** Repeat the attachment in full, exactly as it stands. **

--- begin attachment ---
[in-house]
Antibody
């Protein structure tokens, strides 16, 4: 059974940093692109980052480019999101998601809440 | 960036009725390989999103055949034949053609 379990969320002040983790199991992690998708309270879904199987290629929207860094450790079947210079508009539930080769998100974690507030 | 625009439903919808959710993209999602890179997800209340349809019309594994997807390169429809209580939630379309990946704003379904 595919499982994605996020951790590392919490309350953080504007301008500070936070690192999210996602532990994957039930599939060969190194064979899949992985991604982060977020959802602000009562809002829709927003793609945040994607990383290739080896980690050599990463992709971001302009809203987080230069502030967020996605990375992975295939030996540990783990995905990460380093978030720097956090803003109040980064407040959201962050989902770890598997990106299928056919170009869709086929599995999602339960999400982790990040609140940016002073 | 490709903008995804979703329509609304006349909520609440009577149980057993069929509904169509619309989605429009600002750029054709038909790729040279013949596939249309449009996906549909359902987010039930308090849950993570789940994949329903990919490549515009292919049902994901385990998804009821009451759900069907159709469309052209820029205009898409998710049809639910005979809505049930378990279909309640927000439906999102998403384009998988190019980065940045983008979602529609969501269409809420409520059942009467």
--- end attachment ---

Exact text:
[in-house]
Antibody
């Protein structure tokens, strides 16, 4: 059974940093692109980052480019999101998601809440 | 960036009725390989999103055949034949053609 379990969320002040983790199991992690998708309270879904199987290629929207860094450790079947210079508009539930080769998100974690507030 | 625009439903919808959710993209999602890179997800209340349809019309594994997807390169429809209580939630379309990946704003379904 595919499982994605996020951790590392919490309350953080504007301008500070936070690192999210996602532990994957039930599939060969190194064979899949992985991604982060977020959802602000009562809002829709927003793609945040994607990383290739080896980690050599990463992709971001302009809203987080230069502030967020996605990375992975295939030996540990783990995905990460380093978030720097956090803003109040980064407040959201962050989902770890598997990106299928056919170009869709086929599995999602339960999400982790990040609140940016002073 | 490709903008995804979703329509609304006349909520609440009577149980057993069929509904169509619309989605429009600002750029054709038909790729040279013949596939249309449009996906549909359902987010039930308090849950993570789940994949329903990919490549515009292919049902994901385990998804009821009451759900069907159709469309052209820029205009898409998710049809639910005979809505049930378990279909309640927000439906999102998403384009998988190019980065940045983008979602529609969501269409809420409520059942009467």